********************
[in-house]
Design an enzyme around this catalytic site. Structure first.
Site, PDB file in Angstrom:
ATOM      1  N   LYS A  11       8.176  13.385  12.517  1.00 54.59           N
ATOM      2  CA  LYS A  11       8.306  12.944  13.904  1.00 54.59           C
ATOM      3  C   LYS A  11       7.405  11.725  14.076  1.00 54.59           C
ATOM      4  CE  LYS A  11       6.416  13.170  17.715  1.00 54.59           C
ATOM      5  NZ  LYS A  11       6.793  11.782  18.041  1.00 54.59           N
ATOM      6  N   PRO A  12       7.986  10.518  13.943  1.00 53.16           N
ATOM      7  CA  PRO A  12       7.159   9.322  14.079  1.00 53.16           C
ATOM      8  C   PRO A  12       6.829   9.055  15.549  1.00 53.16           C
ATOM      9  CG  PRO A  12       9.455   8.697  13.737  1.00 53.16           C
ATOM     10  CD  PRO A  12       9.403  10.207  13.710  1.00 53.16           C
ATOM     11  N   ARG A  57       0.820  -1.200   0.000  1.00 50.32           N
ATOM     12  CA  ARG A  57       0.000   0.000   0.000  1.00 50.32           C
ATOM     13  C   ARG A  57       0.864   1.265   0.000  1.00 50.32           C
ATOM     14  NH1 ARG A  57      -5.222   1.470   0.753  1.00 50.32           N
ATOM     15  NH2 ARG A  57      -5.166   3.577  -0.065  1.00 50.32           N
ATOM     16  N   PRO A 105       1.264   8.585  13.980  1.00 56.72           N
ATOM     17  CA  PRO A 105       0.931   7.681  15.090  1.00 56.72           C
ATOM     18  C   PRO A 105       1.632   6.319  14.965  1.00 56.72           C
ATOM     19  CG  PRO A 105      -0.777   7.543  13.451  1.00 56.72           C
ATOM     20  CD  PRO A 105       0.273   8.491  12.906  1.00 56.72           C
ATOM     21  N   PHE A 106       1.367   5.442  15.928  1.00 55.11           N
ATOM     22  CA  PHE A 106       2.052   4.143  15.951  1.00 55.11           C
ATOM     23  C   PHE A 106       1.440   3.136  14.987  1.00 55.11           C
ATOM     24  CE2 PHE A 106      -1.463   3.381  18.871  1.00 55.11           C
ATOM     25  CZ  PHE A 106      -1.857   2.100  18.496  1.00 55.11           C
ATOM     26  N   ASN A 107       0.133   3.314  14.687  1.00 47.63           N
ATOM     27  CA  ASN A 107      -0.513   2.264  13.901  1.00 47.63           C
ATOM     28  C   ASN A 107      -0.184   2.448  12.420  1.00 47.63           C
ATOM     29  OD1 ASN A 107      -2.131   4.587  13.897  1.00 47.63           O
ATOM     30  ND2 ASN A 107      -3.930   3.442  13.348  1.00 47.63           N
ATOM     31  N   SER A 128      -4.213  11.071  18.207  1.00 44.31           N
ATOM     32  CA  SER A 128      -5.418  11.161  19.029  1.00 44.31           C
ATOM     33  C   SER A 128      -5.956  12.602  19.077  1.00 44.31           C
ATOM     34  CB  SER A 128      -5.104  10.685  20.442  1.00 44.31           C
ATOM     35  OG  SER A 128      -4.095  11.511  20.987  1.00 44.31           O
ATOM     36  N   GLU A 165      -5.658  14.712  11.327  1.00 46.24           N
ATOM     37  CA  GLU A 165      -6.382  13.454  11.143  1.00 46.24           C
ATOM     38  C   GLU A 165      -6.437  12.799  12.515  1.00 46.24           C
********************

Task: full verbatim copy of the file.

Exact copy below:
[in-house]
Design an enzyme around this catalytic site. Structure first.
Site, PDB file in Angstrom:
ATOM      1  N   LYS A  11       8.176  13.385  12.517  1.00 54.59           N
ATOM      2  CA  LYS A  11       8.306  12.944  13.904  1.00 54.59           C
ATOM      3  C   LYS A  11       7.405  11.725  14.076  1.00 54.59           C
ATOM      4  CE  LYS A  11       6.416  13.170  17.715  1.00 54.59           C
ATOM      5  NZ  LYS A  11       6.793  11.782  18.041  1.00 54.59           N
ATOM      6  N   PRO A  12       7.986  10.518  13.943  1.00 53.16           N
ATOM      7  CA  PRO A  12       7.159   9.322  14.079  1.00 53.16           C
ATOM      8  C   PRO A  12       6.829   9.055  15.549  1.00 53.16           C
ATOM      9  CG  PRO A  12       9.455   8.697  13.737  1.00 53.16           C
ATOM     10  CD  PRO A  12       9.403  10.207  13.710  1.00 53.16           C
ATOM     11  N   ARG A  57       0.820  -1.200   0.000  1.00 50.32           N
ATOM     12  CA  ARG A  57       0.000   0.000   0.000  1.00 50.32           C
ATOM     13  C   ARG A  57       0.864   1.265   0.000  1.00 50.32           C
ATOM     14  NH1 ARG A  57      -5.222   1.470   0.753  1.00 50.32           N
ATOM     15  NH2 ARG A  57      -5.166   3.577  -0.065  1.00 50.32           N
ATOM     16  N   PRO A 105       1.264   8.585  13.980  1.00 56.72           N
ATOM     17  CA  PRO A 105       0.931   7.681  15.090  1.00 56.72           C
ATOM     18  C   PRO A 105       1.632   6.319  14.965  1.00 56.72           C
ATOM     19  CG  PRO A 105      -0.777   7.543  13.451  1.00 56.72           C
ATOM     20  CD  PRO A 105       0.273   8.491  12.906  1.00 56.72           C
ATOM     21  N   PHE A 106       1.367   5.442  15.928  1.00 55.11           N
ATOM     22  CA  PHE A 106       2.052   4.143  15.951  1.00 55.11           C
ATOM     23  C   PHE A 106       1.440   3.136  14.987  1.00 55.11           C
ATOM     24  CE2 PHE A 106      -1.463   3.381  18.871  1.00 55.11           C
ATOM     25  CZ  PHE A 106      -1.857   2.100  18.496  1.00 55.11           C
ATOM     26  N   ASN A 107       0.133   3.314  14.687  1.00 47.63           N
ATOM     27  CA  ASN A 107      -0.513   2.264  13.901  1.00 47.63           C
ATOM     28  C   ASN A 107      -0.184   2.448  12.420  1.00 47.63           C
ATOM     29  OD1 ASN A 107      -2.131   4.587  13.897  1.00 47.63           O
ATOM     30  ND2 ASN A 107      -3.930   3.442  13.348  1.00 47.63           N
ATOM     31  N   SER A 128      -4.213  11.071  18.207  1.00 44.31           N
ATOM     32  CA  SER A 128      -5.418  11.161  19.029  1.00 44.31           C
ATOM     33  C   SER A 128      -5.956  12.602  19.077  1.00 44.31           C
ATOM     34  CB  SER A 128      -5.104  10.685  20.442  1.00 44.31           C
ATOM     35  OG  SER A 128      -4.095  11.511  20.987  1.00 44.31           O
ATOM     36  N   GLU A 165      -5.658  14.712  11.327  1.00 46.24           N
ATOM     37  CA  GLU A 165      -6.382  13.454  11.143  1.00 46.24           C
ATOM     38  C   GLU A 165      -6.437  12.799  12.515  1.00 46.24           C